US hands Lebanon draft maritime border agreement with Israel

Yesterday, the office of Lebanese president Michel Aoun announced on Twitter that US ambassador to Lebanon Dorothy Shea had handed to the president a note from US mediator Amos Hochstein setting out proposals for drawing a maritime border between the economic waters of Lebanon and Israel.

Aoun sent the draft to the prime minister of Lebanon Najib Mikati and to the speaker of the Lebanese parliament Nabih Berri, who is close to Hezbollah leader Hassan Nasrallah.

Nasrallah has already made what can be considered a positive comment on the draft. In a speech yesterday afternoon, he said that it was a very important step, and that it would be government officials who would make the decision for the benefit of Lebanon. “We are facing decisive days in the matter of Lebanon’s rights, and we hope that the result will be good,” Nasrallah said.

Nasrallah had previously threatened that unless “Lebanon’s rights” were assured, he would not allow Israel to produce gas from the Karish reservoir, preparation for which is underway. The IDF shot down four drones that Hezbollah directed towards Karish, and the organization was warned that if it tried to hit Israel’s gas platforms, the response would be extremely severe, including making Nasrallah himself a target.

In the coming days, the flow of gas in the pipelines connecting the Karish production platform to the shore will be tested. A senior diplomatic source told “Globes” that the government was pressing Energean, the company with the rights to the Karish reservoir, to defer the start of gas production, and that the government was delaying related matters for which it was responsible, in order to reach a draft agreement acceptable to the Lebanese government first.

The Ministry of National Infrastructures, Energy and Water Resources denied that this was the case, saying that it was a matter of a complex infrastructure installation that needed to meet regulatory requirements, and that teams from the ministry and international consultants whom the ministry had hired were working unceasingly to carry out the necessary checks in order to allow the production platform to operate.

Diplomatic sources in Lebanon, Israel and the US have expressed optimism about a maritime border agreement between Israel and Lebanon being achieved within the next few weeks. According to one of these sources, the draft agreement presented to the two sides skirts several possible pitfalls, and allows Israel to continue developing its gas fields and Lebanon to start developing its own. He added that the prospects of Lebanon obtaining a significant future source of revenue were tending to neutralize opposition to an agreement with Israel, including on the part of Hezbollah.

Israel’s security cabinet is due to meet on Thursday to discuss the draft agreement, against a background of calls from the opposition for it to be brought for approval before the Knesset. Knesset members Yariv Levin and Orit Strook have written to the prime minister and the speaker of the Knesset, and to Minister of Justice Gideon Sa’ar, on the basis of the law requiring any territorial compromise by the State of Israel to be brought before the Knesset for approval. Sa’ar, who has the right to veto any decision not to submit the agreement to the Knesset, has not yet announced his stance on the matter. “Globes” has learned that Attorney General Gali Baharav-Miara has handed the matter to her deputy Gilad Noam, who is responsible for matters of international law.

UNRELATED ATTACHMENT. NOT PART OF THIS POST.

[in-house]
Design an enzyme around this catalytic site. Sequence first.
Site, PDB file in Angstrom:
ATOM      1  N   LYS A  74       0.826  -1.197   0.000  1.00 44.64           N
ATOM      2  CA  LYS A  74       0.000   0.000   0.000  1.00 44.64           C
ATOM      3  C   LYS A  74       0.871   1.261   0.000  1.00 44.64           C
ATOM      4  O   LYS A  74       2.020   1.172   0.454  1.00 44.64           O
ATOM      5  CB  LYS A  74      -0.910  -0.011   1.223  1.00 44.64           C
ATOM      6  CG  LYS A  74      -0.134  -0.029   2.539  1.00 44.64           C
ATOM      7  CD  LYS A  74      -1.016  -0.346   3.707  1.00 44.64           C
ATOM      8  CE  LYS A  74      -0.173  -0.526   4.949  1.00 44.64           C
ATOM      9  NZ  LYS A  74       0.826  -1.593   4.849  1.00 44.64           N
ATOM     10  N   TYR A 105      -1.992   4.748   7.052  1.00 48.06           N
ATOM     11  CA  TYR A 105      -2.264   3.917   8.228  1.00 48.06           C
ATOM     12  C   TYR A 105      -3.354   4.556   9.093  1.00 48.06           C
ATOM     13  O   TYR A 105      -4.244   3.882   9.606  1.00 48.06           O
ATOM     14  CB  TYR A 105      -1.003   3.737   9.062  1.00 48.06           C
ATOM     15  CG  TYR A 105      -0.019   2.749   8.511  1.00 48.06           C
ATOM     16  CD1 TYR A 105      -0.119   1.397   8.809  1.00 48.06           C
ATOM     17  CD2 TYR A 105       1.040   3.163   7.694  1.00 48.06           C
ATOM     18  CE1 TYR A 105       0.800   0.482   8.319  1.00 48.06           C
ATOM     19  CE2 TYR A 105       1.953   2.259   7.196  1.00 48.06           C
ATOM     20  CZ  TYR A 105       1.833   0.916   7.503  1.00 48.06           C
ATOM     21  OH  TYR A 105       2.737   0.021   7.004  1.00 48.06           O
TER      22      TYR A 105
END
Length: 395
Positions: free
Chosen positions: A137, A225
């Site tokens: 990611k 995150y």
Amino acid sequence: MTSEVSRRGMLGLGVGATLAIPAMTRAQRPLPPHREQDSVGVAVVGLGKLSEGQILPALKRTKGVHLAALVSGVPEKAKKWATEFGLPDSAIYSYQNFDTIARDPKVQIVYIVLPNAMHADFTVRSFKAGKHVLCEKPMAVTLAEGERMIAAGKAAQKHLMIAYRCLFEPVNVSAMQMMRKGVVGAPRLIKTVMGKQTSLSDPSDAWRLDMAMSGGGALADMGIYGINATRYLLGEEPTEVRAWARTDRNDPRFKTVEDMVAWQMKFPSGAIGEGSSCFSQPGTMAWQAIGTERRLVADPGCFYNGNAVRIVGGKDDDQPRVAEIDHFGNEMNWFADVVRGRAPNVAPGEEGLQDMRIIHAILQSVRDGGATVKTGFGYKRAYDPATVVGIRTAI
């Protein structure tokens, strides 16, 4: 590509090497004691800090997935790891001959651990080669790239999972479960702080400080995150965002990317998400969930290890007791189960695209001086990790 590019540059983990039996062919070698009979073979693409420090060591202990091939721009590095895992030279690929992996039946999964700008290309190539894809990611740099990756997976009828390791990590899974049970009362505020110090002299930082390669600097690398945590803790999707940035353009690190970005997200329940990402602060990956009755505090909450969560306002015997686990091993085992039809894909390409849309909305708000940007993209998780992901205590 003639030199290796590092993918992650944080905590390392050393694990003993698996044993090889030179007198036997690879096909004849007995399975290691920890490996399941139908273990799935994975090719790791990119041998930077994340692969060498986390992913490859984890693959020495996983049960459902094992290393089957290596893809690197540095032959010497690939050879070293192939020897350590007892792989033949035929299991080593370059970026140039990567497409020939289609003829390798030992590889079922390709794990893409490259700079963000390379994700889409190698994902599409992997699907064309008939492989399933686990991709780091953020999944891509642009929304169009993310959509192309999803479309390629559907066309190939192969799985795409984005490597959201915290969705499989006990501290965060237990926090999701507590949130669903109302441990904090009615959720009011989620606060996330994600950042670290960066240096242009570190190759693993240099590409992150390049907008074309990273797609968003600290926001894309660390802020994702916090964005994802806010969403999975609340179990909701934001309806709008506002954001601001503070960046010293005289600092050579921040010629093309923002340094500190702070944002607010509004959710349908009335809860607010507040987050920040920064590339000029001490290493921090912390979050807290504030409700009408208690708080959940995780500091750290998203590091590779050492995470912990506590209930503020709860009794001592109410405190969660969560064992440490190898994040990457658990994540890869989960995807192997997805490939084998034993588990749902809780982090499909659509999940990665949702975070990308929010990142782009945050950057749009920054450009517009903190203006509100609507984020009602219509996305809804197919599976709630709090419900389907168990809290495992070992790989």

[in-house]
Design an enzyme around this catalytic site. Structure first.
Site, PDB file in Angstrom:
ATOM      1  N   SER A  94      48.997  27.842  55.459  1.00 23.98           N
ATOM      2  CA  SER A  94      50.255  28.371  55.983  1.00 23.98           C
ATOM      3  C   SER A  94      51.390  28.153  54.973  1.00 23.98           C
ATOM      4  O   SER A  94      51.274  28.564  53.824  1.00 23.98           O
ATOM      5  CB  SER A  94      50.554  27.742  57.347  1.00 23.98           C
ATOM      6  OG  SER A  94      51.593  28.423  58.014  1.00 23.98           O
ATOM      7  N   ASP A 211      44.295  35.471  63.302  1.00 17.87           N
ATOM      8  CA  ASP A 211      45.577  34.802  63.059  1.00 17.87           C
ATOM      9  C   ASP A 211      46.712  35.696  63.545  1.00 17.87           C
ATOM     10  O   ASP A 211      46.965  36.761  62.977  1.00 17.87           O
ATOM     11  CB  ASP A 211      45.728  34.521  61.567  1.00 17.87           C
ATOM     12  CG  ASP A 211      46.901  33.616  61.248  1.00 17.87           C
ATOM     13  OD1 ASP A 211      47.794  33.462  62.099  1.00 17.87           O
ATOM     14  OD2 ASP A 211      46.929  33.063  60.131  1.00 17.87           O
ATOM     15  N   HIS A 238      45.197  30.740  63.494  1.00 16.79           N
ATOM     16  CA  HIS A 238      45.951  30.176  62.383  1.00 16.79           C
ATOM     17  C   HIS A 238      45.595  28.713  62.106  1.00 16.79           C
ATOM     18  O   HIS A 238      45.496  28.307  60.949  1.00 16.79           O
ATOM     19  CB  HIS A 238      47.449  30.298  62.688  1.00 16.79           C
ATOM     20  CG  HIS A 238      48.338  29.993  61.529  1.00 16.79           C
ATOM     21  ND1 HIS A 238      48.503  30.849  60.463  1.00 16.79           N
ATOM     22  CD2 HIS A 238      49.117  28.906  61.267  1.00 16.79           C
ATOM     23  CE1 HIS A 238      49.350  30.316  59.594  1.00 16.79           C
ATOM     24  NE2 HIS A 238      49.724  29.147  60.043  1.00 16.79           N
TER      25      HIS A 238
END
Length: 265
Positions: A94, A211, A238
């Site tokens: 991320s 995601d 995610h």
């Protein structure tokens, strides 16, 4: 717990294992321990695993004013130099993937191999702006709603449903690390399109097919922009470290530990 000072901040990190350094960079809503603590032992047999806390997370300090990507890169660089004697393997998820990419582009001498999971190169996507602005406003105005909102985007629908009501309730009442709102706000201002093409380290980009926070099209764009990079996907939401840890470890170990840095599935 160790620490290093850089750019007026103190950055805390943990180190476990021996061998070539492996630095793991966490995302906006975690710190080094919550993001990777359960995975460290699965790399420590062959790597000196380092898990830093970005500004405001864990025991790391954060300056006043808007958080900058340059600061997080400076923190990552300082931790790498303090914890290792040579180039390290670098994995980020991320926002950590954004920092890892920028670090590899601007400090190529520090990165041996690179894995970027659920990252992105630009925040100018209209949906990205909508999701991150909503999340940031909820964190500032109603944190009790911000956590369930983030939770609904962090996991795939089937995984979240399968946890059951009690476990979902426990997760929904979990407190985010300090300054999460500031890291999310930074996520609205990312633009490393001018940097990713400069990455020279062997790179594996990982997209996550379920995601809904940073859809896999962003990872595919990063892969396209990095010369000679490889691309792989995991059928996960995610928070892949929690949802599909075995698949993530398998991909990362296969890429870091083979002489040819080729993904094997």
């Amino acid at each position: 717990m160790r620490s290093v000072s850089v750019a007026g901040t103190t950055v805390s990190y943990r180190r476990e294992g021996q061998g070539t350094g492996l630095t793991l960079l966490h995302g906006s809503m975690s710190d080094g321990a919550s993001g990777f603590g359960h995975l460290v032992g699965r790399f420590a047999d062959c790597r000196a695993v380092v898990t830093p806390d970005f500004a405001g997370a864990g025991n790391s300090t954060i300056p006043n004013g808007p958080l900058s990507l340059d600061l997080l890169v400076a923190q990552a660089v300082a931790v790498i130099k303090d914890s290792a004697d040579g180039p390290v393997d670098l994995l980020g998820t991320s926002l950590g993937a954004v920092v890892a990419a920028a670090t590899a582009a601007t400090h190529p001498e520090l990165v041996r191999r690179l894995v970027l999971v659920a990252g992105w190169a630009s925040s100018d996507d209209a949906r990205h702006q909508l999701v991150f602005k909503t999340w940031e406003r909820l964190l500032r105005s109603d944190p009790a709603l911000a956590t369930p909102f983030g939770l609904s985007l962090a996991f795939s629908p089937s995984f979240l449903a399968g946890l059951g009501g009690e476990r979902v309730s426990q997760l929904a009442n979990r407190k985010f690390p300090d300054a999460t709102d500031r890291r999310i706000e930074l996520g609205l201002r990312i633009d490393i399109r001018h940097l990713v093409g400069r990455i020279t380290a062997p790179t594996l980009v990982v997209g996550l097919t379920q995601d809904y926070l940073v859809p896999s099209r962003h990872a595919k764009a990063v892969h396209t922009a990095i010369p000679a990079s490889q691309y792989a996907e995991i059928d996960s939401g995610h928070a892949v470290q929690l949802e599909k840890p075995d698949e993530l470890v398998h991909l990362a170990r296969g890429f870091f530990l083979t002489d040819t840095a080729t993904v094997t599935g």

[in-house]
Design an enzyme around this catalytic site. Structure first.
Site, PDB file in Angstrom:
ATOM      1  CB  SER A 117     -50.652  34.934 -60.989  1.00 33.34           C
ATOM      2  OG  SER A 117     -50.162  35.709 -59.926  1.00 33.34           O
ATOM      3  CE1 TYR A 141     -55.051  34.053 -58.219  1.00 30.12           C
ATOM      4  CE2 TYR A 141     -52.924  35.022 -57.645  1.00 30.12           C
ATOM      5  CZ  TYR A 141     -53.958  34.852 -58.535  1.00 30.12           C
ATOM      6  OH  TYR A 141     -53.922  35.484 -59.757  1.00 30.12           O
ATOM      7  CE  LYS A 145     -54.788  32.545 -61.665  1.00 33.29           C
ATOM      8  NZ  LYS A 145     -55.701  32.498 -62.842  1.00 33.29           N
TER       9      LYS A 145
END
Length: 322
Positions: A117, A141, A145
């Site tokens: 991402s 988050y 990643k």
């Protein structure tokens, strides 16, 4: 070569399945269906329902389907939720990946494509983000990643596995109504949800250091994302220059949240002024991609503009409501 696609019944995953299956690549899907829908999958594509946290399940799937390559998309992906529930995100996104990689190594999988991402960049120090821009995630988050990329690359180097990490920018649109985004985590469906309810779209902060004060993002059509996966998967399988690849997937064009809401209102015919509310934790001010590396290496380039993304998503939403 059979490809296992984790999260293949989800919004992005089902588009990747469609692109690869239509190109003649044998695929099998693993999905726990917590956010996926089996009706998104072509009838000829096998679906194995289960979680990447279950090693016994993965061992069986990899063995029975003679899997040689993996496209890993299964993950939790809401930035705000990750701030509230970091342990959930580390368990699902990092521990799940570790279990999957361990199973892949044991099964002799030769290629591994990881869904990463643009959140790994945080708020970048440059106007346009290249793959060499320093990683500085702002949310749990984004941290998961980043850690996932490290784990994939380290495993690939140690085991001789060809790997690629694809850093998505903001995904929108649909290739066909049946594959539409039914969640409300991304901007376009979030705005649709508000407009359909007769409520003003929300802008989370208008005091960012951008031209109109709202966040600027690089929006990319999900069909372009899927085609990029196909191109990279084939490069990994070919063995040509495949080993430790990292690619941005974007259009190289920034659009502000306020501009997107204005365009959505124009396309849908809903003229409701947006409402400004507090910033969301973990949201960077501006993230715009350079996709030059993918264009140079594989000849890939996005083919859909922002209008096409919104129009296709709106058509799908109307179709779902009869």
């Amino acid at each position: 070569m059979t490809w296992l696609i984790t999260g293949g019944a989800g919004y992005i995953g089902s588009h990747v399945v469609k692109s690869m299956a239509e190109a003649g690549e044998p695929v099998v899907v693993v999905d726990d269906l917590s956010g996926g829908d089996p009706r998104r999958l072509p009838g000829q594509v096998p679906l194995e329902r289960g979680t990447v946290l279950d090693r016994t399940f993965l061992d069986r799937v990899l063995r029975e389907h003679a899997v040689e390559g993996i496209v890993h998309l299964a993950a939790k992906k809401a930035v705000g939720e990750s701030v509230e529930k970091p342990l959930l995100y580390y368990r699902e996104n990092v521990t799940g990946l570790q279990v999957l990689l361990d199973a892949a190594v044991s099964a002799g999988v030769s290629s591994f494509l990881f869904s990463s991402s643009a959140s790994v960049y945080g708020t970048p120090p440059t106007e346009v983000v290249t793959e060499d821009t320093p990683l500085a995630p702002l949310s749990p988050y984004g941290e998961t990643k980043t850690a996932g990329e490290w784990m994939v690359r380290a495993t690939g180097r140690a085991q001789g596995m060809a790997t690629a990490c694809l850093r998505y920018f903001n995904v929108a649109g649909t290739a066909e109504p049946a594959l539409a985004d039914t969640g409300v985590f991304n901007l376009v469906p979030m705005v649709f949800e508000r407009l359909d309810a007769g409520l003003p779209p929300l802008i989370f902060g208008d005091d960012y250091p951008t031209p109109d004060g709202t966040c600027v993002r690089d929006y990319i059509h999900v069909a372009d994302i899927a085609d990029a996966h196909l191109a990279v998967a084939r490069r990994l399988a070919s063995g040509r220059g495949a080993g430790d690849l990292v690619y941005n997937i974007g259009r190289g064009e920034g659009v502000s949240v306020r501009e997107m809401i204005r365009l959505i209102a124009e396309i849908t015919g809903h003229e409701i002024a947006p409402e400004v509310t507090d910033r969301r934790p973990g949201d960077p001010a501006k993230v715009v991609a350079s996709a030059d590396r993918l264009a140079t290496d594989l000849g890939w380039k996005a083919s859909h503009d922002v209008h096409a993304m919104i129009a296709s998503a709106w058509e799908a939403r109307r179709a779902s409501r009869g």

Former Minister of National Infrastructures, Energy and Water Resources Yuval Steinitz told “Globes” that there was no need for Knesset approval for the agreement with Lebanon, since it did not concern Israeli territory but only the border between Exclusive Economic Zones.

The area in dispute in an 860 square kilometer triangle between a northern maritime borderline claimed by Israel, and to which Lebanon had agreed in the past, and a more southerly tending line which Lebanon is now demanding. US envoy Amos Hochstein has achieved a compromise that, according to the details that have reached “Globes”, is not a straight line but a zig-zag, and leaves most of the disputed area in Lebanese hands.

The important compromise is over the Qana/Sidon prospect, which stretches from Lebanese waters through the disputed area into Israeli waters. As previously reported by “Globes” on the basis of US and Israeli sources, Israel has agreed that Lebanon will manage drilling and production in this field, through French energy company Total, and if gas is in fact discovered, Israel will receive royalties from it. The amount of royalties has not been set precisely, and will be decided by a professional international consultant, if gas is found.

Published by Globes, Israel business news – en.globes.co.il – on October 2, 2022.

© Copyright of Globes Publisher Itonut (1983) Ltd., 2022.


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